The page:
The biological significance of proline accumulation during abiotic stress is still an open question, as this amino acid could play multiple roles. Indeed, proline has been proposed as a compatible osmolyte, a molecular chaperone, a way to store carbon and nitrogen to be used during recovery from stress and a buffer for cytosolic pH (Verbruggen & Hermans, 2008). Moreover, proline can provide protection against oxidative damage in two ways: directly by acting as a reactive oxygen species (ROS) scavenger, and indirectly by consuming NADPH during its biosynthesis and producing NADP+, the final acceptor of photosynthetic electrons, to avoid the transfer of excess reducing power to water that generates oxygen radicals (Verbruggen & Hermans, 2008). The results presented here provide some insight into the role of proline in drought stress in L. japonicus. Data from Figs 1(a) and 2 suggest that higher levels of proline are important for the rehydration ability of plants, but do not result in a lower rate of water loss. The lower ability of mutant plants to recover water after 5 d of drought (Fig. 1b and 1c) may be a result of increased membrane damage. Indeed, the higher TBARS content detected in the mutant (Table 1) is a symptom of lipid peroxidation, and may be indicative of greater membrane damage in the mutant relative to WT. This and other differences observed between the drought-stressed mutant and WT are coherent with increased oxidative damage in the mutant. Therefore, our results are consistent with previous studies that reported a role for proline in the scavenging of ROS (Szabados & Savouré, 2010). Moreover, proline has been shown to reduce lipid peroxidation in response to treatment with heavy metals (Mehta & Gaur, 1999).
Proline biosynthesis occurs in both the cytosol and the chloroplast (Szabados & Savouré, 2010). The smaller amount of proline accumulated by the Ljgln2-2 mutant, which has normal levels of cytosolic GS isoforms (Orea et al., 2002), suggests that the chloroplastic stress-induced proline may account for c. 40% of total proline accumulation, whereas cytosolic synthesis accounts for the rest. In A. thaliana, it has been shown recently that ‘housekeeping’ proline biosynthesis is probably cytosolic, whereas stress-induced synthesis is chloroplastic (Székely et al., 2008).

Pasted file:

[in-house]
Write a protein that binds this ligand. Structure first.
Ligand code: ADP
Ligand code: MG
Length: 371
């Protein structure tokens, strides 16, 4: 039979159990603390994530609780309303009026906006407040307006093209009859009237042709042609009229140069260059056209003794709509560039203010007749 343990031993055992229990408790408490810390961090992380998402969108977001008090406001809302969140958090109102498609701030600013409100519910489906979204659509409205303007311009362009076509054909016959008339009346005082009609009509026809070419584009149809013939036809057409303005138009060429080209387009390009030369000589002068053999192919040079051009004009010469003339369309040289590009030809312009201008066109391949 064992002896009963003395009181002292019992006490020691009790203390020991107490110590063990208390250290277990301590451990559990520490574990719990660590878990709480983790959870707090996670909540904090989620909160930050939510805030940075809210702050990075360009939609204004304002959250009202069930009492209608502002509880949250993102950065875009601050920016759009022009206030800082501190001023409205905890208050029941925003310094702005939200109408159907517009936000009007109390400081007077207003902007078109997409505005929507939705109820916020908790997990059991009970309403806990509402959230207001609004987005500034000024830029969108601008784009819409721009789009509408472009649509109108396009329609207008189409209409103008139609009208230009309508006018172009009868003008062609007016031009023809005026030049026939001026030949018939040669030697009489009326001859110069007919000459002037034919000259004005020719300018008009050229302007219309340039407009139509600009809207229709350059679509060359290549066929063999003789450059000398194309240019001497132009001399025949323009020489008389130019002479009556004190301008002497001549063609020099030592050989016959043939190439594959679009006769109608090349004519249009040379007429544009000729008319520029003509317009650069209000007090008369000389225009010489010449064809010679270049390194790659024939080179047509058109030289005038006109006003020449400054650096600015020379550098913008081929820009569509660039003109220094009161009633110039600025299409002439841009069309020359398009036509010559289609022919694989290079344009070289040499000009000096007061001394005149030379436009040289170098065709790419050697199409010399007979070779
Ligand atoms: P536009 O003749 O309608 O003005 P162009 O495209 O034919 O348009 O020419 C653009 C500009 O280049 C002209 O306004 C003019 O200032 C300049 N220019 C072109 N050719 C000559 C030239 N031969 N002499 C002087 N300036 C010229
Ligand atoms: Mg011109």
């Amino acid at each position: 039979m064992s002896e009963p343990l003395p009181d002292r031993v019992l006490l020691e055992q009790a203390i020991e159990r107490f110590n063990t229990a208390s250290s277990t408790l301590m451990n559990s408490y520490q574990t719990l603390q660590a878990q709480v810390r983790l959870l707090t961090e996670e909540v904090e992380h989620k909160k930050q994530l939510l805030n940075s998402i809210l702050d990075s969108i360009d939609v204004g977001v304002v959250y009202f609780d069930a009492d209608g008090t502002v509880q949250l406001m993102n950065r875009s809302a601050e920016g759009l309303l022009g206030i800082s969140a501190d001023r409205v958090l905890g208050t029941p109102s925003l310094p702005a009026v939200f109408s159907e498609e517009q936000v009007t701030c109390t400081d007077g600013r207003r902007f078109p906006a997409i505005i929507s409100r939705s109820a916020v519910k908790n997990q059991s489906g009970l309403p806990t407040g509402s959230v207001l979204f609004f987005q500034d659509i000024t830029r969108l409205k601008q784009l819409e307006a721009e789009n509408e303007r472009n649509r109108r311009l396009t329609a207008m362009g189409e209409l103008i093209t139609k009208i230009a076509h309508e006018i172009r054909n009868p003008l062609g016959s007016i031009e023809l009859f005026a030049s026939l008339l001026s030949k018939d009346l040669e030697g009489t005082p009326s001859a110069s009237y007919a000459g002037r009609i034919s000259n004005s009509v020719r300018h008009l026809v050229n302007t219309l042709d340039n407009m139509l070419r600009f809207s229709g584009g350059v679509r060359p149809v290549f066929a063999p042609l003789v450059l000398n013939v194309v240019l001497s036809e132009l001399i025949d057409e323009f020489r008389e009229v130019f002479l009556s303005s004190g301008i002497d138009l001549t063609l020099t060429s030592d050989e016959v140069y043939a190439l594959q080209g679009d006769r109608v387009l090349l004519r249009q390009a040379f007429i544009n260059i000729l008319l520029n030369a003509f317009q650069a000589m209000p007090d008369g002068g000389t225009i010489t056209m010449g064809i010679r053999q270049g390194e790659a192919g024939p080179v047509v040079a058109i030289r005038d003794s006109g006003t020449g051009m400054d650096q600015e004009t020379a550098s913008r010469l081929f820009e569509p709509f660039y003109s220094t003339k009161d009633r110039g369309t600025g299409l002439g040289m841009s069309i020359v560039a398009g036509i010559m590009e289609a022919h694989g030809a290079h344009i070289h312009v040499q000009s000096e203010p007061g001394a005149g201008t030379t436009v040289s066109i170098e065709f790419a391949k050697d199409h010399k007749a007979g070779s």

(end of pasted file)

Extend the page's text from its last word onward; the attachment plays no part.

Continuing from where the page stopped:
Changes in proline metabolism in the Ljgln2-2 mutant
The transcriptional response to dehydration of the genes for proline metabolism was markedly different between WT and the Ljgln2-2 mutant. Mutant plants showed transcriptional activation of both the main and alternative proline biosynthetic pathways (Fig. 4). Thus, our work provides novel data that support a role in proline biosynthesis for the arginase/OAT pathway. The recent work of Funck et al. (2008) argued for a role of OAT in arginine catabolism, but not in proline biosynthesis, as A. thaliana OAT knockout mutants did not show altered levels of proline. It is possible that the arginase/OAT pathway may play a biosynthetic role only under special stress conditions, such as those present in the drought-stressed Ljgln2-2 mutant. Consistent with this idea, transcriptional up-regulation of OAT has been reported in B. napus plants only after prolonged and severe osmotic stress (Xue et al., 2009). Regarding proline degradation, it was found that P5CDH was up-regulated by drought in WT plants, but not in the mutant (Fig. 3c). Reciprocal regulation of the arginase/OAT biosynthetic pathway and the degradative pathway probably avoids a futile cycle, bearing in mind that all of these enzymes are located in the mitochondria (Funck et al., 2008). Previous work has reported that P5CDH is induced by osmotic stress concomitantly with the induction of the proline biosynthetic pathway and an increase in cellular proline levels (Deuschle et al., 2001).
It is possible that the abnormal transcriptional pattern of proline metabolism genes in the drought-stressed mutant is caused by proline itself, which may act in a feedback loop to regulate the transcription of this set of genes. Indeed, intermediates in proline metabolism, such as P5C, are able to modulate the expression of osmotically regulated genes (Iyer & Caplan, 1998). Furthermore, feeding external proline to Arabidopsis plants modulated the transcription of genes of proline metabolism (Deuschle et al., 2001). Additional work is needed to determine the extent to which changes in proline metabolism in Ljgln2-2 mutant plants are a result of lower proline content and/or of their higher sensitivity to drought.
The transcriptional response of the genes for ammonium assimilation and proline metabolism was different in WT and mutant plants. In WT plants, GS and GOGAT transcripts and enzymatic activities were not increased under drought conditions. This suggests that the basal levels of GS and GOGAT are sufficient in order to support the increased biosynthesis of proline under drought conditions. However, an increase in the transcription of the genes of the main proline biosynthetic pathway was observed (Fig. 3a), suggesting that the enzymes for proline biosynthesis rather than those supplying proline precursors are the main control point of the route.